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Family Life (2014)

by Akhil Sharma

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5522644,569 (3.44)39
Finally joining their father in America, Ajay and Birju enjoy their new, extraordinary life until tragedy strikes, leaving one brother incapacitated and the other practically orphaned in this strange land.
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    Bed by David Whitehouse (akblanchard)
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English (24)  Spanish (1)  French (1)  All languages (26)
Showing 1-5 of 24 (next | show all)
Funny and sad growing-up story of a boy who has moved from India to NJ with his family. ( )
  steve02476 | Jan 3, 2023 |
A beautiful and hard book. A rare example for me where knowing why/how he wrote it expanded my understanding and appreciation. The chapter on him using Hemingway to write is fascinating. The complexities of his relationships with his parents and brother are rich and brutal. His creation of self is fascinating. I came to this book having read an excerpt years ago in the New Yorker; it stuck with me. The book will stick with me even more. ( )
  eas7788 | Aug 17, 2022 |
This is an amazing book. The prose are so tender, startling in their brevity. The author details a life of immense pain, longing and lonliness. Throughout the humanity of the characters brings about a sense of healing and acceptance within the family, which can be understood by all those who have known suffering. ( )
  Chrissylou62 | Aug 1, 2020 |
It’s the late 1970s, and Ajay Mishra and his family are Indian immigrants to the United States. Soon after Ajay’s older brother Birju is accepted to a prestigious prep school in the Bronx, he has an accident at a swimming pool and becomes immobile and unable to communicate, requiring full-time care. After the traumatic event and ensuing financial difficulties, Ajay’s father begins to drink heavily.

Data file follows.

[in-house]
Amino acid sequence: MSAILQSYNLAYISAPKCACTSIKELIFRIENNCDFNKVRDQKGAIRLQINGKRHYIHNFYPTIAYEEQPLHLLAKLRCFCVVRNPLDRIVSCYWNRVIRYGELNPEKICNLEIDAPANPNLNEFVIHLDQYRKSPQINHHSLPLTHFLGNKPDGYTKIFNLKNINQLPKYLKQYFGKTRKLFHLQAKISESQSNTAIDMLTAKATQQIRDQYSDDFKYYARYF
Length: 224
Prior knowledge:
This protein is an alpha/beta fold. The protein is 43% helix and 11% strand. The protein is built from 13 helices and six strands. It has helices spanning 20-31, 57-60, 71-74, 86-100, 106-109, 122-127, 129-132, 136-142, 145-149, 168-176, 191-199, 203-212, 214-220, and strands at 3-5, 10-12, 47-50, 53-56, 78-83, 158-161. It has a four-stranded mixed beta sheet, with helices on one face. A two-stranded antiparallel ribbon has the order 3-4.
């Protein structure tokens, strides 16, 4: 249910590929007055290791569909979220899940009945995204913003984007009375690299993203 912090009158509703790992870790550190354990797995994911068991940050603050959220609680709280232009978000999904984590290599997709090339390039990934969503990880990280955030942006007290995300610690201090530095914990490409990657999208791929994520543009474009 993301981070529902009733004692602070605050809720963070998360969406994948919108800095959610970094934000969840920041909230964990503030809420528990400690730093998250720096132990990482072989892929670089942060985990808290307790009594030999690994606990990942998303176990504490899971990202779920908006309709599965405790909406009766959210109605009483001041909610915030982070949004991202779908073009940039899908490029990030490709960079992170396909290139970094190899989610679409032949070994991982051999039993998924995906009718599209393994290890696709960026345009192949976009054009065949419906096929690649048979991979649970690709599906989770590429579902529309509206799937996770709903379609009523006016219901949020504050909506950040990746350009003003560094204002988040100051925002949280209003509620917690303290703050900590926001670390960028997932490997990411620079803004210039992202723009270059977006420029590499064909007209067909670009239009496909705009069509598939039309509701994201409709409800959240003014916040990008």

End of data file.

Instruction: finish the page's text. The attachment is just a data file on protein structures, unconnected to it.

The inevitable process of Americanization tugs at Ajay as he tries to fit in at school. But pulling him in the opposite direction are the strong cultural mores and class divisions that persist among the other Indian immigrants with whom the Mishras primarily associate. Ajay’s behavior at school becomes obnoxious - he boasts and lies and insults others - and consequently he has difficulty making friends, despite being in the top of his class academically.

Sharma writes like a more emotionally adept Hemingway (and in fact he gives Ajay a temporary obsession with Hemingway’s style and his faults). The author uses short, swift, plain strokes to uncover personal and societal hypocrisy, cruelty, and contradiction. With rare self-awareness (almost unbelievable at times, but it works because older Ajay is writing from his already-came-of-age perspective), Ajay lays bare his own mixed emotions and motives about taking care of Birju, finding a girlfriend, being a good son, and going to AA meetings with his father. (Although he is glad his father decides to stop drinking, he finds the vulnerability of the alcoholics at the meetings unseemly and weak.) Without any complaint from the narrator, I found myself angry with his family, especially his mother, for setting him up to feel like he can never do anything right, can never be happy.

In turns hilarious and heartbreaking - and with a humdinger of a last sentence that set me cursing at the acknowledgements page for not being more story - Family Life is a beautiful picture of an immigrant family in the throes of both cultural assimilation and personal tragedy. ( )
  rhowens | Nov 26, 2019 |
It is a silent, powerful story about a family building their life in the States, exploring the dark side of emigration against the backdrop of personal tragedy.

For a complete review please click on the link below:

http://onerightword.blogspot.co.uk/2017/02/family-life-akhil-sharma.html
( )
  ashkrishwrites | Aug 29, 2018 |
Showing 1-5 of 24 (next | show all)
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My father has a glum nature.
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Finally joining their father in America, Ajay and Birju enjoy their new, extraordinary life until tragedy strikes, leaving one brother incapacitated and the other practically orphaned in this strange land.

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